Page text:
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Does Your Tap Water Have Salt in It?

based on 16 ratings
Author: Beth Gilbert
Type

Physics

Grade Level

5th-8th Grades

Difficulty of Project

Medium

Approximate Cost

$20

Safety Issues
  • Handle battery with care.
  • Do not get battery wet.
Approximate Time Required to Complete the Project

1-2 Hours

Objective

To test if water is salty.

Project Goal

To test water to tell if it has salt content without having to drink it first.

Materials and Equipment

  • What materials are required?  
  • Buzzer
  • 9 Volt Battery
  • Masking Tape
  • 2 craft or wooden popcycle sticks
  • Aluminum foil
  • Plastic Cups
  • Salt Water (tap water and salt)
  • Paper and pencil

Material Availability

  • 9 volt battery and buzzer can be purchased at an electronics store.
  • Craft sticks may be purchased at a craft store or super center such as Wal-Mart.

Introduction

Is there salt in your water?  You can easily test this doing a simple science fair experiment.  Salt acts as a conductor. That's because when you add salt to water, the salt molecules dissolve in the water and break into smaller parts called ions. The ions carry electricity through the water. Fresh water doesn't have these ions. So it's harder for the electricity to move through the water. It doesn't complete the circuit, and the buzzer doesn't buzz if salt is not present.  Therefore, when attached to a battery and buzzer you will be able to determine if there is salt in your tap water, your bottled water, or you can even collect rain water.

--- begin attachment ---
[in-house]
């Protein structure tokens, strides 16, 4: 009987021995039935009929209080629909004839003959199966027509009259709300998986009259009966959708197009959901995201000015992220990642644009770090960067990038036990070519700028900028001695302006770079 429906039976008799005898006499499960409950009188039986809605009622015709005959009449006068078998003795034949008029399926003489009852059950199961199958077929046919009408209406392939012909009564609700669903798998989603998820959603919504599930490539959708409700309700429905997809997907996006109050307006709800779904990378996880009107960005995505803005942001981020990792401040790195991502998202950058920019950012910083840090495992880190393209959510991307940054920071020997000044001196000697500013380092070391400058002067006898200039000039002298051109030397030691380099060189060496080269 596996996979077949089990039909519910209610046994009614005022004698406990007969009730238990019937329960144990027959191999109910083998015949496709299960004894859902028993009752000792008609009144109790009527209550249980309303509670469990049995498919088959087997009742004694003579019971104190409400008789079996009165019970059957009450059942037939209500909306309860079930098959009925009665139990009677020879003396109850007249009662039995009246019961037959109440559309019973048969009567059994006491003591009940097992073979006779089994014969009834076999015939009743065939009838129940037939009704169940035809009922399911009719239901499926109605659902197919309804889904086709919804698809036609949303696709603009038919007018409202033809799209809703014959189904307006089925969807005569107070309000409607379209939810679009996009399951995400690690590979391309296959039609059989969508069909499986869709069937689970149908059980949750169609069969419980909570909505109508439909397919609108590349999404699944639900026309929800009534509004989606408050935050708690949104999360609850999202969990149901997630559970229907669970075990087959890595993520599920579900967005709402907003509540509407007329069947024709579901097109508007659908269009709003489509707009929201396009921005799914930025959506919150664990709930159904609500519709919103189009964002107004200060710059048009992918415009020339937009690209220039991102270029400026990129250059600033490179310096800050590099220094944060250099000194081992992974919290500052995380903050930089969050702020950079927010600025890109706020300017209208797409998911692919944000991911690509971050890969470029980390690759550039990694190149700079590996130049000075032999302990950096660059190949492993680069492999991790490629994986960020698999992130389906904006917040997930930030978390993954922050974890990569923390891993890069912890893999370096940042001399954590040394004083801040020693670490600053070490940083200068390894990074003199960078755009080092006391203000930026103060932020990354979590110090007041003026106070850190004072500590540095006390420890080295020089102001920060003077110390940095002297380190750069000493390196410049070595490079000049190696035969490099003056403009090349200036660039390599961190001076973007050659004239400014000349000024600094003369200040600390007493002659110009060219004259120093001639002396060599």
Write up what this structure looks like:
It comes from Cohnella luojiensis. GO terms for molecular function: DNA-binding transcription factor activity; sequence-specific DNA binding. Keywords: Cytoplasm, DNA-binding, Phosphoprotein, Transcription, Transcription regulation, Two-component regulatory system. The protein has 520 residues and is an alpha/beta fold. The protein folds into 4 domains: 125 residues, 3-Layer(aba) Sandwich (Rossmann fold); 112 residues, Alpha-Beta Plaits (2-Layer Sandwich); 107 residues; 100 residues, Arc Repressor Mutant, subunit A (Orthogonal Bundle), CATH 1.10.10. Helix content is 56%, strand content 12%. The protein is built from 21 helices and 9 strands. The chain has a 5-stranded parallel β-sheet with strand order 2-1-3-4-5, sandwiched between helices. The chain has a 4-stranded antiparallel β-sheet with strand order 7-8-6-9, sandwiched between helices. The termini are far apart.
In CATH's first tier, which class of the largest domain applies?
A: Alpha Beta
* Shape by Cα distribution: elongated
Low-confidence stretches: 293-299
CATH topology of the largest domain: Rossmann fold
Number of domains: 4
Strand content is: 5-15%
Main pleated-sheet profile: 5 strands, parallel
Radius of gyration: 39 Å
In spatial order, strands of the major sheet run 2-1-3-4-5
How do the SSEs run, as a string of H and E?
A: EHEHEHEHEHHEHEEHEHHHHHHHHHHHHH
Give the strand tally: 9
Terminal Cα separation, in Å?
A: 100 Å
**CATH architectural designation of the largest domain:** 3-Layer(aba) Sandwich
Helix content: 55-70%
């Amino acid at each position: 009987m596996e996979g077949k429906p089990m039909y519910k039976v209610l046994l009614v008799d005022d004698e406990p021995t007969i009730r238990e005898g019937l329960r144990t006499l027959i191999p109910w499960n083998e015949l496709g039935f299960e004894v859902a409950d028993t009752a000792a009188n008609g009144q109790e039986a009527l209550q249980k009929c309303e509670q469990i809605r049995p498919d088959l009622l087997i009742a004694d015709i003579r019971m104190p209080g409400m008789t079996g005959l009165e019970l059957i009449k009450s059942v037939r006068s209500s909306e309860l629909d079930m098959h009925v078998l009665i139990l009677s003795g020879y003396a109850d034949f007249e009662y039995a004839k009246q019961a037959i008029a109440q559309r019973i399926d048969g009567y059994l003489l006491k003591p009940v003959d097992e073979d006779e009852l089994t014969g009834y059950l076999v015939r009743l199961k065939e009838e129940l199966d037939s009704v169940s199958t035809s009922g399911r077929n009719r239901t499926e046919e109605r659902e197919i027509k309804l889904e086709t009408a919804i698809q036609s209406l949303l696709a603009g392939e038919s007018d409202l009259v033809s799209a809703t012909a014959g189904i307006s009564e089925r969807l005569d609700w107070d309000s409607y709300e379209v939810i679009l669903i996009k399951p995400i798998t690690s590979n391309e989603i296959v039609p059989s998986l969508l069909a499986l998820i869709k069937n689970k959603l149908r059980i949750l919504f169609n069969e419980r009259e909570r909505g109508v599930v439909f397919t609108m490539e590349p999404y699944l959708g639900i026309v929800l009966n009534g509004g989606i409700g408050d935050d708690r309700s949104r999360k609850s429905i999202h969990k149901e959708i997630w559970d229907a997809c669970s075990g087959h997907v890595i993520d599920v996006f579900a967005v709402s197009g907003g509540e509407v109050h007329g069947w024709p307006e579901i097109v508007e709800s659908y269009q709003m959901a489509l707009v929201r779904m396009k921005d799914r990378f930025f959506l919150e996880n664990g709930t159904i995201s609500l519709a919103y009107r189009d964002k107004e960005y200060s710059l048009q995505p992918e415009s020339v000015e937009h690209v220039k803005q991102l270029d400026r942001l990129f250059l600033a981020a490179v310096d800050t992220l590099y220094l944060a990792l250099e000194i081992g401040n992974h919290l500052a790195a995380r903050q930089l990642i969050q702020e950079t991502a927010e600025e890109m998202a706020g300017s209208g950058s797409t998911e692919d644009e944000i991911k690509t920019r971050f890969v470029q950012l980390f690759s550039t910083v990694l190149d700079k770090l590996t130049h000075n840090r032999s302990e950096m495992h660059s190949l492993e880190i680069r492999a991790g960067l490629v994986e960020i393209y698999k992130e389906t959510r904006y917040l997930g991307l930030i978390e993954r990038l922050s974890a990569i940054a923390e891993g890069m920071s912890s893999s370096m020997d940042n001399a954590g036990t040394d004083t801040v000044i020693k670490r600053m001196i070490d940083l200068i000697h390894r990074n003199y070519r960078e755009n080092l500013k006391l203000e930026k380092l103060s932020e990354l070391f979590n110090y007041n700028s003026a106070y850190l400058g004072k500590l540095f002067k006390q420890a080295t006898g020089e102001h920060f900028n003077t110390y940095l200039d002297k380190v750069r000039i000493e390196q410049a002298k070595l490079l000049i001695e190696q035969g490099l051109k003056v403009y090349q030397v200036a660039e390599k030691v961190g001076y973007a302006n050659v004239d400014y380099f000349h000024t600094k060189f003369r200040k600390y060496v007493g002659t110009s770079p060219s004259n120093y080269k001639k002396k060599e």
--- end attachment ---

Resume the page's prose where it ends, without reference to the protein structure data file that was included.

Research Questions
  • Does your tap water have salt in it?
  • Will adding salt to water conduct electricity?
Terms, Concepts and Questions to Start Background Research
  • Electricity
  • Conductors

Experimental Procedure

  1. Gather your supplies.
  2. Have a plastic cup of tap water (label it).
  3. Have another plastic cup with water and salt added to it (label it).
  4. Next cover your two Popsicle/craft sticks with aluminum foil.
  5. Take your buzzer and tape the red wire of the buzzer to the positive (+). end of the 9 volt battery and the other end to the foil covered stick.
  6. Tape one foil-covered stick to the black wire of the buzzer while taping the other one to the negative (-) end of the battery.
  7. You are ready to use your saltwater tester!
  8. Put the tips of the metal in the saltwater about an inch apart.  Make sure they do not touch one another.
  9. The saltwater should act as wire connecting the metal sticks and completing the circuit making the buzzer buzz.
  10. Document your results.

Bibliography

  1. Easy Kids Science Projects "Cool Science Projects"
  2. PBS Kids "Saltwater Tester"
  3. Science Toys "Electrochemistry"
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